N.C. Highway Historical Marker to Honor Formerly Enslaved Entrepreneur

Lunsford Lane

RALEIGH, N.C. – Born into slavery in Raleigh in 1803, Lunsford Lane worked industriously, started a business, and eventually bought his freedom. He also lectured to abolitionist groups and authored a memoir. The achievements and contributions of Lunsford Lane will be recognized with a N.C. Highway Historical Marker to be dedicated Tuesday, Aug. 20, 10 a.m.  Remarks and a dramatic reading from Lane’s memoir will be held in the House Chamber at the State Capitol in Raleigh. Following the ceremony, all of those who are able are invited to cross the street to the site of the marker for the unveiling. A reception will follow at the State Capitol.

Lane was owned by prominent Raleigh banker Sherwood Haywood and was allowed to work odd jobs and save money to attempt to purchase his freedom. Bondsmen sometimes were allowed to have jobs and earn money. Lane was able to start his own business selling tobacco, and eventually he saved $1,000 – enough to buy his freedom. 

Although Haywood was willing to manumit Lane, a judge ruled he had done nothing “meritorious” and had not earned his freedom. In 1835 Lane accompanied Haywood on a trip to New York, where Lane finally gained his freedom. He returned to North Carolina where he purchased a house and lived with his wife and six children, all of whom were enslaved.  In September 1840 Lane received notice that because he had been emancipated in New York, he was in violation of a state law prohibiting free blacks from other states from entering North Carolina. Lane had 20 days to leave the state.  He returned to New York with a daughter whose freedom he had purchased.

Lane delivered lectures to abolitionist groups in New York and sought to earn money to return to North Carolina. When he returned in 1842, he was unsuccessfully charged with promoting abolitionism. A boisterous Raleigh mob found Lane and tarred and feathered him. During this tumultuous time Lane purchased his family’s freedom, and with help from some white friends and subterfuge, Lane and his family fled the state.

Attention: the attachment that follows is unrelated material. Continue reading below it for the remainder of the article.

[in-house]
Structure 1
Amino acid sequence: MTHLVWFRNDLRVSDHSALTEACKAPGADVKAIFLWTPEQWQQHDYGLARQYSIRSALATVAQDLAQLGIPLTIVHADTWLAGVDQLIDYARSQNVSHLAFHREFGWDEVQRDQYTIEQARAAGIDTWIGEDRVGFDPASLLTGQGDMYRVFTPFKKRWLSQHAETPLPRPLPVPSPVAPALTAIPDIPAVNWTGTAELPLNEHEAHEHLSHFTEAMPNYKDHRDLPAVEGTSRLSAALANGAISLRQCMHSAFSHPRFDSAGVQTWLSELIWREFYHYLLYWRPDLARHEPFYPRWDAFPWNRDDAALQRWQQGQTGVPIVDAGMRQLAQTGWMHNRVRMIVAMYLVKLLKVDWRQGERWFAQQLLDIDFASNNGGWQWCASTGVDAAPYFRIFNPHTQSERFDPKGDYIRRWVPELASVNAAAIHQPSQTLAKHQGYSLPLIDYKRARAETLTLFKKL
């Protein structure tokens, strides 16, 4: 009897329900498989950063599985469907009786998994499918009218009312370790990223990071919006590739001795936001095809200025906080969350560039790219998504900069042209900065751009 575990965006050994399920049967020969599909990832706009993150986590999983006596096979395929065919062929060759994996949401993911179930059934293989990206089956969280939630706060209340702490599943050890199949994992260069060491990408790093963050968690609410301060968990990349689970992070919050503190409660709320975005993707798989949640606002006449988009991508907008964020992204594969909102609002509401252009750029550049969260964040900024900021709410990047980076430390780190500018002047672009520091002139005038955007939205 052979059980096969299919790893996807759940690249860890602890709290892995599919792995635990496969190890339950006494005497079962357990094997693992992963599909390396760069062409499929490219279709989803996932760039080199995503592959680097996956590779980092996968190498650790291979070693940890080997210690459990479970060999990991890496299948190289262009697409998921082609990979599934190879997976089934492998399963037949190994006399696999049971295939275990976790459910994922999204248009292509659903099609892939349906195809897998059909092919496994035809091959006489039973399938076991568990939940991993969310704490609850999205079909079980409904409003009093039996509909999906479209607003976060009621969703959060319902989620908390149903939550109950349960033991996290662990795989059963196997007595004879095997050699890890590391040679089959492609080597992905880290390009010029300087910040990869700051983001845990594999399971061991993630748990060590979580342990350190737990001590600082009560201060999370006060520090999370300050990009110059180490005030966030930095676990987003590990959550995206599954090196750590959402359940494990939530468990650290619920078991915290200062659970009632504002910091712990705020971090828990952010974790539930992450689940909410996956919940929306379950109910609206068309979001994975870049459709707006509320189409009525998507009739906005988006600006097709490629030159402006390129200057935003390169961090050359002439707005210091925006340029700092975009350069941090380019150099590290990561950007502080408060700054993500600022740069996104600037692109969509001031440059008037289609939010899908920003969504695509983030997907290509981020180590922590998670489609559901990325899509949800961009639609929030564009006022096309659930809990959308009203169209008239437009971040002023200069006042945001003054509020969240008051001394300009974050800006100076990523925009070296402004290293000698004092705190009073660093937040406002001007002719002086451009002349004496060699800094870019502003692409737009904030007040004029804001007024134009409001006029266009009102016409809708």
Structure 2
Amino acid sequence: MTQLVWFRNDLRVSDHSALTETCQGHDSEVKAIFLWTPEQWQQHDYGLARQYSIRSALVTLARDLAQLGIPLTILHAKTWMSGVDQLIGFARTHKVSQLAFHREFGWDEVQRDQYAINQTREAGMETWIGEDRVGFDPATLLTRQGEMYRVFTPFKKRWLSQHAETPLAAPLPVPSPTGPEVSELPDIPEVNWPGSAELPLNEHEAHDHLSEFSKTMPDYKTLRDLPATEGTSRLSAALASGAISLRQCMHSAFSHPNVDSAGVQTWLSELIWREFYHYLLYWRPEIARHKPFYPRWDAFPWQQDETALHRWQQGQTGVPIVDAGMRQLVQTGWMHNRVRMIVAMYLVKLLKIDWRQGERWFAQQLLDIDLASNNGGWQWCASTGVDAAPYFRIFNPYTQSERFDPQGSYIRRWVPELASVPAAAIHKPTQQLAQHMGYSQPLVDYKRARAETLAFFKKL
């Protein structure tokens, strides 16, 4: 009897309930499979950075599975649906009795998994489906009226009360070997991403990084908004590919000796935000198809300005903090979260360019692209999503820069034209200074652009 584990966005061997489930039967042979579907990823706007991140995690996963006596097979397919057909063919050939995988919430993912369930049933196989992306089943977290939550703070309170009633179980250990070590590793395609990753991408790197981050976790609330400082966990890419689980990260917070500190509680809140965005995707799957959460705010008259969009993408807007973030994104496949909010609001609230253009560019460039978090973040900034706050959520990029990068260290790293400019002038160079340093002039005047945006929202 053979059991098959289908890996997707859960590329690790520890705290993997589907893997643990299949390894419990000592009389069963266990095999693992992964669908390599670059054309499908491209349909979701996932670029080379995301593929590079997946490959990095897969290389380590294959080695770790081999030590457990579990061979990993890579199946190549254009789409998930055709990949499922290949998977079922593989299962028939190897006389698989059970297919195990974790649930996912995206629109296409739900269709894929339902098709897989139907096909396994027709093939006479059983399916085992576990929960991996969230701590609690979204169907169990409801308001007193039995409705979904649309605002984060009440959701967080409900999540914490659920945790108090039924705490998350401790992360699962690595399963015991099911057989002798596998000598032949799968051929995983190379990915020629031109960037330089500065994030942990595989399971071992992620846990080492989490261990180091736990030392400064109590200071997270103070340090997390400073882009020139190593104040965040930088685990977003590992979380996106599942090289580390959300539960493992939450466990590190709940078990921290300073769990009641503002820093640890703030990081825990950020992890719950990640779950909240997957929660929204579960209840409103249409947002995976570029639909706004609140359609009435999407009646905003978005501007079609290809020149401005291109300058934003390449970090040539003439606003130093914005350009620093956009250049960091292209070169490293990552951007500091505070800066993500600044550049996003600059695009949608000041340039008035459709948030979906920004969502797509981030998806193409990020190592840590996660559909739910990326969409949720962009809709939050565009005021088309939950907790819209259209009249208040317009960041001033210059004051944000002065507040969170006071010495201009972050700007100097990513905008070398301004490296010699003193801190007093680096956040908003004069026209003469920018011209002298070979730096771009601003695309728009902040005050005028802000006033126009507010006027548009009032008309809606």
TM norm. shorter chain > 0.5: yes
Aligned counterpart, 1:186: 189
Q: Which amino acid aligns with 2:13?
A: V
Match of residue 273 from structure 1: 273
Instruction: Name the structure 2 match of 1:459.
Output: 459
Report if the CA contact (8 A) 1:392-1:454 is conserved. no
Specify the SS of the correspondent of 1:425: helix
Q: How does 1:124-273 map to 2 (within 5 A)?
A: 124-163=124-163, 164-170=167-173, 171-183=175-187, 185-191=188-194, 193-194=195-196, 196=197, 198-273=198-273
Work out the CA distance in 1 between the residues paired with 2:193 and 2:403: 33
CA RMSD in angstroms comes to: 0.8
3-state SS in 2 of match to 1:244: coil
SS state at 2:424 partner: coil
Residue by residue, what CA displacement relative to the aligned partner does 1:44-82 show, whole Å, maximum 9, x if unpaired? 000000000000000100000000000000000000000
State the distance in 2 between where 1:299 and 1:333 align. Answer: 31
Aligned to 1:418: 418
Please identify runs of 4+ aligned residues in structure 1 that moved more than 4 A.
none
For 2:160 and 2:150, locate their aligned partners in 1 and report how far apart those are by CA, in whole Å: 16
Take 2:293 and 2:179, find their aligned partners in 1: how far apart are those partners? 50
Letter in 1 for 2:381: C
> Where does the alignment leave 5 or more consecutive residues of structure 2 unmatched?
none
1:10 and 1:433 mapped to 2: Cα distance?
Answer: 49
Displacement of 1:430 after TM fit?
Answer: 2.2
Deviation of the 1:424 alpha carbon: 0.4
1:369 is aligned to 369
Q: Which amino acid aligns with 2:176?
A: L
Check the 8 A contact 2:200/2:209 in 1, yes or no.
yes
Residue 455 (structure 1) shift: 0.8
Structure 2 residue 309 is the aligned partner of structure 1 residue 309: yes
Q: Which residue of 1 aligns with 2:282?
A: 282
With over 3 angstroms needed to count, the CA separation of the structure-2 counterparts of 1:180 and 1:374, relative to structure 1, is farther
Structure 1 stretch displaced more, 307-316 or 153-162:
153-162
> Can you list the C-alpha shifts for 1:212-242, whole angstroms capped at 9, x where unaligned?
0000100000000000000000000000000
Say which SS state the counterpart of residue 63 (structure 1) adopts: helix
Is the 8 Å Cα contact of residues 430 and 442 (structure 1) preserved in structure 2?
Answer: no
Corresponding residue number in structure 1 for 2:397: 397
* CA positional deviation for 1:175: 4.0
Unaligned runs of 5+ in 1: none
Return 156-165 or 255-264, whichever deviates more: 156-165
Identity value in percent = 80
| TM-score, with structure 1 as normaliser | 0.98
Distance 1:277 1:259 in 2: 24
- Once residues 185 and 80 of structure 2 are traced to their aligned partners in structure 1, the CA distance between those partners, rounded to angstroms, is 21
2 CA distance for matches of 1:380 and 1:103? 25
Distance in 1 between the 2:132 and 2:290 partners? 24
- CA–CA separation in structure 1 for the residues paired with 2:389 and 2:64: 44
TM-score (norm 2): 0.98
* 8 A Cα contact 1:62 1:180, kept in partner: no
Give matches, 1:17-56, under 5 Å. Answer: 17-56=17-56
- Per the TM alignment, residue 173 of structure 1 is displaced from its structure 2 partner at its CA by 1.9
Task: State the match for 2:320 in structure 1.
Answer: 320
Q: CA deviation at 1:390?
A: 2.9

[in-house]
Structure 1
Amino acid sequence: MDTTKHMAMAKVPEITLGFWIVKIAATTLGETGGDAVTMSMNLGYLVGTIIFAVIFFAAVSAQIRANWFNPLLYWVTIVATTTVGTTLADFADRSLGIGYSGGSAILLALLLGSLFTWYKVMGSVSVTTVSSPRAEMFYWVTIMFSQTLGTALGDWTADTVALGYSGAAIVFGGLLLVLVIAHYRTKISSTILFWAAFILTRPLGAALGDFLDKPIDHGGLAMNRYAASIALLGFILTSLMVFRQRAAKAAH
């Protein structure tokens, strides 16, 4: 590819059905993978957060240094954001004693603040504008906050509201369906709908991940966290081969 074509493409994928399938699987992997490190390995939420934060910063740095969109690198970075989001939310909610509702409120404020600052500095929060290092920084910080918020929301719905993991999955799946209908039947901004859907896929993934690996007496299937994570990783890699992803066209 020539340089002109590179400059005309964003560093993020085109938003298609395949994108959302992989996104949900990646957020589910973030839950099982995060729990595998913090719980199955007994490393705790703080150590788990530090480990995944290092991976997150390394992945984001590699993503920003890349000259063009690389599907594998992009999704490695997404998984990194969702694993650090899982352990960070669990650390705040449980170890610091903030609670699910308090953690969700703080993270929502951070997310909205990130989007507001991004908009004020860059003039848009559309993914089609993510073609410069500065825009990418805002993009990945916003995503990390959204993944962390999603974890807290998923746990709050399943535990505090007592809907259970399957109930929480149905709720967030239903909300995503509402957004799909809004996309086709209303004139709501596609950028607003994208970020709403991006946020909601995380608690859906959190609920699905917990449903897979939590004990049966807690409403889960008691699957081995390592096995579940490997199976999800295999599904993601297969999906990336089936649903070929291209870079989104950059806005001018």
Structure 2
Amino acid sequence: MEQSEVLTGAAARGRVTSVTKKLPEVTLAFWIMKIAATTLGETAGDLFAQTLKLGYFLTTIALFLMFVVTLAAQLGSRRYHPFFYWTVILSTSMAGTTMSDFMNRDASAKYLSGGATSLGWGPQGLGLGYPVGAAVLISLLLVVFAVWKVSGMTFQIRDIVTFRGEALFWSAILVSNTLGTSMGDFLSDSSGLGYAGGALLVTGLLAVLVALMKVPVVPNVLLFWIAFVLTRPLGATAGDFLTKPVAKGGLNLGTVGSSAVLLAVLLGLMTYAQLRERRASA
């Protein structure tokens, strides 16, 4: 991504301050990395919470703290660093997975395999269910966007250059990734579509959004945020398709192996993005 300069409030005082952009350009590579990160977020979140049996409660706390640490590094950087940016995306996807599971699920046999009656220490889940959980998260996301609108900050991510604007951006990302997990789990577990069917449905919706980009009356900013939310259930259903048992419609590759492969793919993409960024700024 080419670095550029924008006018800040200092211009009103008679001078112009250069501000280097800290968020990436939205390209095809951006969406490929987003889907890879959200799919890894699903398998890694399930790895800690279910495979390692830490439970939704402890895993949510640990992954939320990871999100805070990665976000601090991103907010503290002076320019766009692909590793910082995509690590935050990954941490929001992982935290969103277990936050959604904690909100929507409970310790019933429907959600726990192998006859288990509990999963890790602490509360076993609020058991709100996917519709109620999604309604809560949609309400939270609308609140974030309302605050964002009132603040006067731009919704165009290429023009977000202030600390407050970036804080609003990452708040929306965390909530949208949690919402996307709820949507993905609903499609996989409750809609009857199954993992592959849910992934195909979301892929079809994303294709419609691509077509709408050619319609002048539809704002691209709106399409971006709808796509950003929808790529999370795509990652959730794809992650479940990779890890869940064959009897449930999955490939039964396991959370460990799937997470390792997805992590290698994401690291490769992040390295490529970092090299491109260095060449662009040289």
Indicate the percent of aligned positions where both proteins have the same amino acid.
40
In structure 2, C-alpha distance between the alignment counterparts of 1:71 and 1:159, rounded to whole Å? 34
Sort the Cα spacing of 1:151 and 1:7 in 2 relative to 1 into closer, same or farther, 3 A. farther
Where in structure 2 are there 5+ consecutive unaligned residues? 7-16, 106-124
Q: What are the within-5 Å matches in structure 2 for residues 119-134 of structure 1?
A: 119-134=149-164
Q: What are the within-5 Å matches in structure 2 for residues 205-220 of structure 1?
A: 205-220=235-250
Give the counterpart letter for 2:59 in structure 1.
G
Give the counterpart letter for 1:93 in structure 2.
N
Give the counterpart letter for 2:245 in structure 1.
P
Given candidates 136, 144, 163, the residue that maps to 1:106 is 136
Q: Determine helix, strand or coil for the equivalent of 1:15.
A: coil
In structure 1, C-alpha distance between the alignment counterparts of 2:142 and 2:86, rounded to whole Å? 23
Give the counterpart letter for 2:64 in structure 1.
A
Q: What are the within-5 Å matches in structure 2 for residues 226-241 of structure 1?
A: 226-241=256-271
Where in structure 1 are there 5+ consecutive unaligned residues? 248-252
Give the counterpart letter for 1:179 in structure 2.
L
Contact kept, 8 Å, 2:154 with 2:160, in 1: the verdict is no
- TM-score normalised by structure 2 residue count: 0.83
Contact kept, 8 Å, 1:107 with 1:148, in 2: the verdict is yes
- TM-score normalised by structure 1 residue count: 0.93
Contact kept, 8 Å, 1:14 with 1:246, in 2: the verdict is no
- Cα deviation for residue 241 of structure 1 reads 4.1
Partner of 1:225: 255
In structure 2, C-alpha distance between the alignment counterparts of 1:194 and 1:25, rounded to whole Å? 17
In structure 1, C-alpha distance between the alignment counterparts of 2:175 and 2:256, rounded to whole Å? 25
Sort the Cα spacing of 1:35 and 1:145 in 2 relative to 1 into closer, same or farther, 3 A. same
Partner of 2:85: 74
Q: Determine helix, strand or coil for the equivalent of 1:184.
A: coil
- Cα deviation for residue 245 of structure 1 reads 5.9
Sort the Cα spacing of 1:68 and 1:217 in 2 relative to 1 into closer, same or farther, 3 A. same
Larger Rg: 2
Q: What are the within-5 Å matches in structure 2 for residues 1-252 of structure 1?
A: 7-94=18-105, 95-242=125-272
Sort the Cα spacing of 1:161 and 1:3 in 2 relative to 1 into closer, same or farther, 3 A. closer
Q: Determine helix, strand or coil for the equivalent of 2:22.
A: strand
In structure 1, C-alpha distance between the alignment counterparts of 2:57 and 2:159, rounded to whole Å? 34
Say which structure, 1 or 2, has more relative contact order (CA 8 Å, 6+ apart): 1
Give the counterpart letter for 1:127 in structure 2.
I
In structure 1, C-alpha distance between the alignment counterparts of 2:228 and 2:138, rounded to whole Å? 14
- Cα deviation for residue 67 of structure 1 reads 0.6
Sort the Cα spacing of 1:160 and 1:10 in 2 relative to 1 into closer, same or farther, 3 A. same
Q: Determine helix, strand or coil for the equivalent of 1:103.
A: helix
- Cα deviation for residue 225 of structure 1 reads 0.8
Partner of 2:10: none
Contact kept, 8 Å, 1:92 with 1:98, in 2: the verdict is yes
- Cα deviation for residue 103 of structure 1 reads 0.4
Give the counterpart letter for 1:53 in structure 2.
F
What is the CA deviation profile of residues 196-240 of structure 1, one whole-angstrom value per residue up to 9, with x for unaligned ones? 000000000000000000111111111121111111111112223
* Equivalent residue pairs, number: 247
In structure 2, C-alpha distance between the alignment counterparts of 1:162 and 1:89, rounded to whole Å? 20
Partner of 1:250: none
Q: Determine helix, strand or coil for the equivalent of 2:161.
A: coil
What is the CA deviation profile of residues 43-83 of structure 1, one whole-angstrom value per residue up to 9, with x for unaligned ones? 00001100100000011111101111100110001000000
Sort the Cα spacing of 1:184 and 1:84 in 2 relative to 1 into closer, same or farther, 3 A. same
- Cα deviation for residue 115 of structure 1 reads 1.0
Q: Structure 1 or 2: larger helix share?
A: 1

In 1842, Lane penned “The Narrative of Lunsford Lane,” describing his days in slavery and the pursuit of freedom for him and his family. The narrative reveals his awareness of social constraints and his desire for upward mobility. He always emphasized the positive.

From 1842 to 1850, the Lane family resided in Massachusetts, and Lane spoke on the abolitionist circuit with notables such as Frederick Douglass. He and his wife worked in a Union hospital in Massachusetts during the Civil War. After the war he opened a freedman’s school with Horace James near New Bern. He continued his industrious ways during the 1870s selling medicine and working as a fundraiser for charities.

For information on the reception call 919-733-4994. For information on the Highway Historical Marker Program, call (919) 814-6625. The Highway Historical Marker Program is a collaboration between the N.C. Departments of Natural and Cultural Resources and Transportation.

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